The Official Account
Todd Beamer was one of the passengers on UA 93 who heroically prevented the hijackers from hitting their target in Washington D.C. He became the most celebrated of these heroes for saying, as a group of passengers were preparing to make their move, “Are you guys ready? Okay, let’s roll.”
Beamer ended up talking to Jefferson because, having tried to make a credit card call to his wife, Lisa Beamer, his call was routed to a GTE (Verizon) customer-service operator named Phyllis Johnson, who then forwarded the call to Jefferson. Beamer continued talking to Jefferson, rather than having her transfer him to Lisa Beamer, because his wife was pregnant and he did not want to upset her.
The telephone records show that Beamer initiated four telephone calls, only the fourth one of which was connected. This call lasted for 3,925 seconds (slightly over 65 minutes),although Beamer was on the phone talking to the two GTE representatives (Johnson and Jefferson) for only about 20 of those minutes. “Mr. Beamer told the operator,” said the FBI’s summary of its interview with Jefferson, “that the plane had been hijacked and that he saw two hijackers with knives and someone else enter the cockpit.”
In November 2001, President Bush used “Let’s Roll” in a speech to call America to war to hunt down the terrorists.In 2002, the Washington Post wrote: “Embraced and promoted by President Bush as a patriotic battle cry,” the phrase “Let’s Roll” was also “emblazoned on Air Force fighter planes, city firetrucks, school athletic jerseys, and countless T-shirts, baseball caps and souvenir buttons.”
The Best Evidence
There are eight reasons to doubt the authenticity of the reported call to Lisa Jefferson from the man who identified himself as Todd Beamer.
1. It is very unlikely that a passenger on UA 93 could have been able to talk to Jefferson continuously for 13 minutes.According to Lisa Beamer’s 2002 book, Jefferson herself was amazed, saying that “it was a miracle that Todd’s call hadn’t been disconnected.” As to why Jefferson considered it a miracle: “Because of the enormous number of calls that day, the GTE systems overloaded and lines were being disconnected all around her . . . She kept thinking, This call is going to get dropped!“
2. The man self-identified as Todd Beamer talked to GTE operators Johnson and Jefferson for approximately 15 minutes rather than talking to his wife, Lisa Beamer. Jefferson asked him, “Would you like me to try to reach your wife and patch her call through?” He replied: “No, no. I don’t want to upset her unnecessarily. She’s expecting our third child in January, and if I don’t have to upset her with any bad news, then I’d rather not.” This explanation is inconsistent with the FBI report that he had first tried to reach his residence at 9:43:48 AM.
It is implausible that Beamer would have later decided not to call his wife, for three reasons:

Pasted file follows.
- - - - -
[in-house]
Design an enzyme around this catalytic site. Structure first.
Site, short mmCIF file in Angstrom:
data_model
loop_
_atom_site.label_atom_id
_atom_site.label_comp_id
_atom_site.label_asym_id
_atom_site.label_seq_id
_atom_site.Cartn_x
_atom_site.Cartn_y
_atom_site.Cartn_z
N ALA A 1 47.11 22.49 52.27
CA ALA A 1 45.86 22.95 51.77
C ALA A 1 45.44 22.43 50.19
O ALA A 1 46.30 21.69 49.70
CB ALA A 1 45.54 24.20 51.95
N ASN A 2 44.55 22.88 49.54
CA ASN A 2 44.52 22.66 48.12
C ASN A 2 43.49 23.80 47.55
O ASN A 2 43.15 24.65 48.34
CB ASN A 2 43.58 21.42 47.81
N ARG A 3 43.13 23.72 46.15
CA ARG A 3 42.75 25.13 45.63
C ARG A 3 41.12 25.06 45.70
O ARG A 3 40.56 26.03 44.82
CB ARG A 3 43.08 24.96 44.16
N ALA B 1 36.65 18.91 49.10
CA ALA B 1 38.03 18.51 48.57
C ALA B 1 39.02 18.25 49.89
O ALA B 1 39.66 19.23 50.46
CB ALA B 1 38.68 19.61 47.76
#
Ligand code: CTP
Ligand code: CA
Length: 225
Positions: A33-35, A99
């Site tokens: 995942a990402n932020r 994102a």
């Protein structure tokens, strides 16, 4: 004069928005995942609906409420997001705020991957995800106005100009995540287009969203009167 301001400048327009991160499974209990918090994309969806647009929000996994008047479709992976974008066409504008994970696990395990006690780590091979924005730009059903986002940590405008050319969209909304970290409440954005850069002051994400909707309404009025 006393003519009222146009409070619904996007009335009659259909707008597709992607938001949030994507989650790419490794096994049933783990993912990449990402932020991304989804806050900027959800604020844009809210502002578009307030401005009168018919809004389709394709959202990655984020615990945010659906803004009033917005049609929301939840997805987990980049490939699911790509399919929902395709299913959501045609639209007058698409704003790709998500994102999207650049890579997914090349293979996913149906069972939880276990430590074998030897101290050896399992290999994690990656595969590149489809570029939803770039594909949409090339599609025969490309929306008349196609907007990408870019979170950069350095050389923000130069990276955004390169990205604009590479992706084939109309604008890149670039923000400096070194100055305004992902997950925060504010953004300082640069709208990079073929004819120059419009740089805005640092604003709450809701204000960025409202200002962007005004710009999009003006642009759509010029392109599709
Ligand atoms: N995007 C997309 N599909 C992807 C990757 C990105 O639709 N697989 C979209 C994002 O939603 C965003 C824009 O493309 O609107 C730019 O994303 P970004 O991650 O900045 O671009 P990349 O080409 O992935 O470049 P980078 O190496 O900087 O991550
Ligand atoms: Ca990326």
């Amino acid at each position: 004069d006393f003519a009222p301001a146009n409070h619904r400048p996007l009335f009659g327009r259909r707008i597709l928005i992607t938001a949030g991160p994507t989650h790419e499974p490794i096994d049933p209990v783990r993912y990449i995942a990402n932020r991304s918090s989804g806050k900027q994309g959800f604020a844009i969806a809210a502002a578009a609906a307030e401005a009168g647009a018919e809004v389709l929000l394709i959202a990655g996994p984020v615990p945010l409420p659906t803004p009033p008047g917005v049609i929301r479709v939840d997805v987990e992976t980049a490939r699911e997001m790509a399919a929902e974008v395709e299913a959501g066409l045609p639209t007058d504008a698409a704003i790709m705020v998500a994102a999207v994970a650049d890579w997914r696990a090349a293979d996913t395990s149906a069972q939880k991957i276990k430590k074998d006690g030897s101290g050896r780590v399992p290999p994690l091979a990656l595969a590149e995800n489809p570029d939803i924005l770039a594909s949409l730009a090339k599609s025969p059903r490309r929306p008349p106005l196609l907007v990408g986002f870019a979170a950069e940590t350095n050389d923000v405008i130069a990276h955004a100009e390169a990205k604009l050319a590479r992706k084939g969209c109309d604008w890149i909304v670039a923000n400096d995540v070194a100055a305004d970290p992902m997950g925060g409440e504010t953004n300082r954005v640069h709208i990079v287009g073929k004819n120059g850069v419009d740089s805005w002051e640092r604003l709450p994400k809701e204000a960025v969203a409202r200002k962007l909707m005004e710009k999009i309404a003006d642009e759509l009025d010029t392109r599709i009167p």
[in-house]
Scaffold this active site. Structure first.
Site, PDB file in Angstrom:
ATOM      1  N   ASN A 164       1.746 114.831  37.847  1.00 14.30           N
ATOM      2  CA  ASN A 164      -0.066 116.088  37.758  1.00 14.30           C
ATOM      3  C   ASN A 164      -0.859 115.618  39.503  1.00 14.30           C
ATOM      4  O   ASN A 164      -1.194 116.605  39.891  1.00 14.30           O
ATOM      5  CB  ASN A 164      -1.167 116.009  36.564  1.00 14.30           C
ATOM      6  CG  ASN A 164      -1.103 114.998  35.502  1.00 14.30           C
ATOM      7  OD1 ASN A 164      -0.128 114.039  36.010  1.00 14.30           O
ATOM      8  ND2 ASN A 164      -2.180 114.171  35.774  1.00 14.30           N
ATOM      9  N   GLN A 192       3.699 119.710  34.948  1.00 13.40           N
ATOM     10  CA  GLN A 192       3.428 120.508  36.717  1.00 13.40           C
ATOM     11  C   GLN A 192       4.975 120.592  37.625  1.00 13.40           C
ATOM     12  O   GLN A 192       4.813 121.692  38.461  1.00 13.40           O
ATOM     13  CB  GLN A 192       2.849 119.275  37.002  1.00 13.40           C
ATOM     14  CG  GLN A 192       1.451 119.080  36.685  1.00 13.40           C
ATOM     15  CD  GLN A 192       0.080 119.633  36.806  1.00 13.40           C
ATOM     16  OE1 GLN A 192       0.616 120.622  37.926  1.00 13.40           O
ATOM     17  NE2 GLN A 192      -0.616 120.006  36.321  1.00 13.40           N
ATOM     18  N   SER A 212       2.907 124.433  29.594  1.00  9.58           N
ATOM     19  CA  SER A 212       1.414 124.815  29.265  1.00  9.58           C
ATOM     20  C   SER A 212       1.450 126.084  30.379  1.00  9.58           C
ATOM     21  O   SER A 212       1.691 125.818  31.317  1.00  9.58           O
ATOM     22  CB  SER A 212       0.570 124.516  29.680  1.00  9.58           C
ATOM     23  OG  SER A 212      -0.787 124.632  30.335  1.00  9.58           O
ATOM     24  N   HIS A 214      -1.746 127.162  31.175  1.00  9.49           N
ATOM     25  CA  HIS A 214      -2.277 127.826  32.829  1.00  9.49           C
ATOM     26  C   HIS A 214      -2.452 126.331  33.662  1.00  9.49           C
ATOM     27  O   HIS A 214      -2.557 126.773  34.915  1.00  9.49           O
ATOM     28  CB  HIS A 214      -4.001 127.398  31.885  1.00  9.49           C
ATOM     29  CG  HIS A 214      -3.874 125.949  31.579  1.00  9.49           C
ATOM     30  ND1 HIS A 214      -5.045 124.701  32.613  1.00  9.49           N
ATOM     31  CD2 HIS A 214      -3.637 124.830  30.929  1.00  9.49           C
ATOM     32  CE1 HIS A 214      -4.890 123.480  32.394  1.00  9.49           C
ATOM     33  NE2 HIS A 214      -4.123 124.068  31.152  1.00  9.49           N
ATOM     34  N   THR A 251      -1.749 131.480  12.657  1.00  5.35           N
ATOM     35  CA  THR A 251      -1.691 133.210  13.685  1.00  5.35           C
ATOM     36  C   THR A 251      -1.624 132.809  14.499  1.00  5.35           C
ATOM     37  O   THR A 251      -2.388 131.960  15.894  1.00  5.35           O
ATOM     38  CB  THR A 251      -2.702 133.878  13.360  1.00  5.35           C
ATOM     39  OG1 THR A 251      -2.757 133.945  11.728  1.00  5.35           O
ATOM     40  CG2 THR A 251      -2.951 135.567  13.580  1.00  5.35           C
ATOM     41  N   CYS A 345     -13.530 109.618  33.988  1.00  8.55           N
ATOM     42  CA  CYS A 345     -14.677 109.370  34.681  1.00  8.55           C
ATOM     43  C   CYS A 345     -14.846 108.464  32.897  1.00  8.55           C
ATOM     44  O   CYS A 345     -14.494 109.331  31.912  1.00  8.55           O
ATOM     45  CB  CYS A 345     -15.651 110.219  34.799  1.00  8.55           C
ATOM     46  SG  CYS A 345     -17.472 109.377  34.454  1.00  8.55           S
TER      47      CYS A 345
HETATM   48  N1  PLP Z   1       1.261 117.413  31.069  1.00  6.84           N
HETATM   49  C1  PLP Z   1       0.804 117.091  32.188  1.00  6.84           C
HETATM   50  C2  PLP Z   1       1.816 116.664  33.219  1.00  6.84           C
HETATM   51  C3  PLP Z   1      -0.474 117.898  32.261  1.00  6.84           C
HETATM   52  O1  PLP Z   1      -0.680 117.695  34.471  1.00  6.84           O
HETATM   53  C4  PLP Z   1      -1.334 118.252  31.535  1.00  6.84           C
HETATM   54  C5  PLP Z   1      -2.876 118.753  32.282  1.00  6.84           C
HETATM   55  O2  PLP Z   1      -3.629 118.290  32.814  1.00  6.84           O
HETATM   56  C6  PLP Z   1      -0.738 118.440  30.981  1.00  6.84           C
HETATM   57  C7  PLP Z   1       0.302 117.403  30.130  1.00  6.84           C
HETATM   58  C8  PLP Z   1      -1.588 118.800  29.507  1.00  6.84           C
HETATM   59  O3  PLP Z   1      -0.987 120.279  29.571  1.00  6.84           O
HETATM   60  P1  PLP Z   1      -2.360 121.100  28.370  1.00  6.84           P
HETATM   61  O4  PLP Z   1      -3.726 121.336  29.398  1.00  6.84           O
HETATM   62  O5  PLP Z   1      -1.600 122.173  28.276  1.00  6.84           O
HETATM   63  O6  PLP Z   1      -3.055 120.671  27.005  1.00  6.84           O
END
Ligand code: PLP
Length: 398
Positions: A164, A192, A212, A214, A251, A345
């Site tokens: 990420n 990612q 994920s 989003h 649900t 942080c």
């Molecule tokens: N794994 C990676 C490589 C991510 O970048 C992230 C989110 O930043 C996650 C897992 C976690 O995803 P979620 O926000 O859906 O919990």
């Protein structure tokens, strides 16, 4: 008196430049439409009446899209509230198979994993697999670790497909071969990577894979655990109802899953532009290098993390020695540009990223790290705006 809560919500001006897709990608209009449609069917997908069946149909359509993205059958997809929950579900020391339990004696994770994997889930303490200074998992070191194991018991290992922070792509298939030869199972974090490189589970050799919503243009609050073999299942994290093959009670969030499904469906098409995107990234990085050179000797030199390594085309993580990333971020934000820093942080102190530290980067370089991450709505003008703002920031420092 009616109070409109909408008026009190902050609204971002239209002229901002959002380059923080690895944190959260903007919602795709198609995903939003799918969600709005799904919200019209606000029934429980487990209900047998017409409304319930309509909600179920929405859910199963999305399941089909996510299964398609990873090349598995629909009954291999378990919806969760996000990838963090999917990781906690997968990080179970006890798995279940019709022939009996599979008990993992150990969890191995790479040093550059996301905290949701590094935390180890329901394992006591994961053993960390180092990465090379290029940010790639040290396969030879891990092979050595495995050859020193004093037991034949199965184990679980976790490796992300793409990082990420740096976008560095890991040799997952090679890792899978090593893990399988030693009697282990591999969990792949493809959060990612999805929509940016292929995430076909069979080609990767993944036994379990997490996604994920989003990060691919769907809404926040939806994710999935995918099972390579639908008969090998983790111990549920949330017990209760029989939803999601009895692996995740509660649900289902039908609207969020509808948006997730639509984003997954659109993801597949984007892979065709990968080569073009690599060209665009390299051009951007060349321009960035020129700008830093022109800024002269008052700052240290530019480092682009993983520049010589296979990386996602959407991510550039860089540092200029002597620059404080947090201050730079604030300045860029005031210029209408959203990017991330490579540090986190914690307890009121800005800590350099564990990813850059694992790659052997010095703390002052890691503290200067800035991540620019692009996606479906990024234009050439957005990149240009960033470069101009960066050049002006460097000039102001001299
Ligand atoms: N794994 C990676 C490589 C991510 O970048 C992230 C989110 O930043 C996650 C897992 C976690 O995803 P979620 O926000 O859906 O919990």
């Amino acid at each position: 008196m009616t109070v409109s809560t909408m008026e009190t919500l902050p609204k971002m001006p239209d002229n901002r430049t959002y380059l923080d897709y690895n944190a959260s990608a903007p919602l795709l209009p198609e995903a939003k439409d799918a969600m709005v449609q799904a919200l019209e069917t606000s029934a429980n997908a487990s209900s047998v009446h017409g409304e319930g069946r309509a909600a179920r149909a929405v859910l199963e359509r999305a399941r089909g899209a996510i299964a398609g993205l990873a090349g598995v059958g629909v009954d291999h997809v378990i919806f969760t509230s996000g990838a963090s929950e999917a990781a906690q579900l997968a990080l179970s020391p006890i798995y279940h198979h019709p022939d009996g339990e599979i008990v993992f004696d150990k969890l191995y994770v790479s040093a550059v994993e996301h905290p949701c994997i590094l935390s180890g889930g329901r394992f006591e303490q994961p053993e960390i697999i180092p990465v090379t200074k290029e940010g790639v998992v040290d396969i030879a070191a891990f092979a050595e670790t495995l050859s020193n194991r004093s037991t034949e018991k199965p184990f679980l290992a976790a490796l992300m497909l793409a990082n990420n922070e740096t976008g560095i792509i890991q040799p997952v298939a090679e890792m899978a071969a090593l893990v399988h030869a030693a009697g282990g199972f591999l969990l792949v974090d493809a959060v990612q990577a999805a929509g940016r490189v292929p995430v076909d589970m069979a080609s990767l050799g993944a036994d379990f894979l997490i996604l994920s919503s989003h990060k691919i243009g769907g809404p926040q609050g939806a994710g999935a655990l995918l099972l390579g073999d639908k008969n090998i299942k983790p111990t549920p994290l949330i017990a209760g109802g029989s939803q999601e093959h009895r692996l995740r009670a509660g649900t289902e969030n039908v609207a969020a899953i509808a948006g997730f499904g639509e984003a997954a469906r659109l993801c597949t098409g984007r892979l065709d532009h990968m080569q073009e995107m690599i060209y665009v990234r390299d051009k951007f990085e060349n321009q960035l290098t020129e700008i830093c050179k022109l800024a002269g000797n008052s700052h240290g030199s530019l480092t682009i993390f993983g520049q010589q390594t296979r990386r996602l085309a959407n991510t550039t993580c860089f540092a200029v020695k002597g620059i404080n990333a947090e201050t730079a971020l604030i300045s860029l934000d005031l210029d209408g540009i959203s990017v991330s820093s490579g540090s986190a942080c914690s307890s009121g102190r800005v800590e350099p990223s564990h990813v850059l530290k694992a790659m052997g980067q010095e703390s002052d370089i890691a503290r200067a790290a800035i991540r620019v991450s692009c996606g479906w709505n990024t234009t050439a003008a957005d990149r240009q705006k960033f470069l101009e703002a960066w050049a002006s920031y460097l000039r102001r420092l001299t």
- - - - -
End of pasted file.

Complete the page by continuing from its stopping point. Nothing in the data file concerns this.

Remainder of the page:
· According to Jefferson’s account, Beamer was convinced he was going to die, yet was passing up a last chance to talk to his wife.
· He did not ask to talk with her because he did not want to upset her, although learning of his death would presumably upset her.
· The self-identified Todd Beamer said to Lisa Jefferson: “I just want to talk to somebody and just let someone know that this is happening.”However, he did not ask to be connected to any of his relatives or friends.
3. In spite of the situation he was in, the alleged Todd Beamer remained remarkably calm during most of the call. Jefferson recalled: “Todd, when he came to me, he was calm. . . . [H]e stayed calm through the entire conversation.”Jefferson also wrote: “[H]is voice was devoid of any stress. In fact, he sounded so tranquil it made me begin to doubt the authenticity and urgency of his call.”She later told Beamer’s wife: “If I hadn’t known it was a real hijacking, I’d have thought it was a crank call, because Todd was so rational and methodical about what he was doing.”
4. There was no way to confirm that the man who talked to Phyllis Johnson and Lisa Jefferson was really Todd Beamer.
· Neither of these women knew him, so they would not have recognized his voice.
· Because the caller did not want to be connected to Lisa Beamer, she also could not say whether the voice was really that of her husband.
5. According to the FBI’s telephone report on UA 93, which was provided for the Moussaoui trial in 2006, four calls were attributed to Todd Beamer. The first lasted “0 seconds” (meaning it was not connected). The second, which also lasted “0 seconds,” reportedly occurred at exactly the same time as the first one (9:42:44). The third call also lasted “0 seconds” and was dialed to the Beamer’s home. The fourth call – which allegedly reached a GTE operator and lasted 3,925 seconds (about 65 minutes) – was placed at exactly the same time (9:48:48) as the third one.Thus two sets of numbers were evidently connected in the identical second, and no official explanation was given as to how this could have occurred.
6. According to Jefferson, the phone of the man to whom she was speaking remained connected long after UA 93 crashed. Reporting that he had left the phone after saying “Let’s roll,” she wrote that the line “just went silent.” Although she held on for “probably 15 minutes” (the early evidence had indicated it was 13minutes), she “never heard a crash.” She added: “I can’t explain it. We didn’t lose a connection because there’s a different sound that you use. It’s a squealing sound when you lose a connection. I never lost connection, but it just went silent.”